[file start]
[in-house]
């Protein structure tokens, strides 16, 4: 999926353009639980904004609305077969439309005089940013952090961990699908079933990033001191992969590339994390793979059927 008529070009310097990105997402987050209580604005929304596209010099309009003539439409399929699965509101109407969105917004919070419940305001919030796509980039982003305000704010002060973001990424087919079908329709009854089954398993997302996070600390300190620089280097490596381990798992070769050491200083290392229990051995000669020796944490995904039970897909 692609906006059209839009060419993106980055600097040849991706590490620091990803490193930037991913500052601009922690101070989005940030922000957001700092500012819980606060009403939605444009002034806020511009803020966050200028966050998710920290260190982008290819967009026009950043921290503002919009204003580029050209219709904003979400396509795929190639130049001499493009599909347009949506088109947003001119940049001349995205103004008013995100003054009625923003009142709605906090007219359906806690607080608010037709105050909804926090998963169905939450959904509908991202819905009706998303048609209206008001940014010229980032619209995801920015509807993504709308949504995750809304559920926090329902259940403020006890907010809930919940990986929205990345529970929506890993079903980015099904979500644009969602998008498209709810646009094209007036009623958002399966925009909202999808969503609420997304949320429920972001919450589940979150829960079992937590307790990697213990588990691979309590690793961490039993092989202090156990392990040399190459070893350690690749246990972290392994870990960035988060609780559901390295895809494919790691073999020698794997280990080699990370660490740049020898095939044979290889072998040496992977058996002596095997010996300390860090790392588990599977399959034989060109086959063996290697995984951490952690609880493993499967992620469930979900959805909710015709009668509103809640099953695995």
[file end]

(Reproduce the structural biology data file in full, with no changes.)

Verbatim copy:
[in-house]
């Protein structure tokens, strides 16, 4: 999926353009639980904004609305077969439309005089940013952090961990699908079933990033001191992969590339994390793979059927 008529070009310097990105997402987050209580604005929304596209010099309009003539439409399929699965509101109407969105917004919070419940305001919030796509980039982003305000704010002060973001990424087919079908329709009854089954398993997302996070600390300190620089280097490596381990798992070769050491200083290392229990051995000669020796944490995904039970897909 692609906006059209839009060419993106980055600097040849991706590490620091990803490193930037991913500052601009922690101070989005940030922000957001700092500012819980606060009403939605444009002034806020511009803020966050200028966050998710920290260190982008290819967009026009950043921290503002919009204003580029050209219709904003979400396509795929190639130049001499493009599909347009949506088109947003001119940049001349995205103004008013995100003054009625923003009142709605906090007219359906806690607080608010037709105050909804926090998963169905939450959904509908991202819905009706998303048609209206008001940014010229980032619209995801920015509807993504709308949504995750809304559920926090329902259940403020006890907010809930919940990986929205990345529970929506890993079903980015099904979500644009969602998008498209709810646009094209007036009623958002399966925009909202999808969503609420997304949320429920972001919450589940979150829960079992937590307790990697213990588990691979309590690793961490039993092989202090156990392990040399190459070893350690690749246990972290392994870990960035988060609780559901390295895809494919790691073999020698794997280990080699990370660490740049020898095939044979290889072998040496992977058996002596095997010996300390860090790392588990599977399959034989060109086959063996290697995984951490952690609880493993499967992620469930979900959805909710015709009668509103809640099953695995």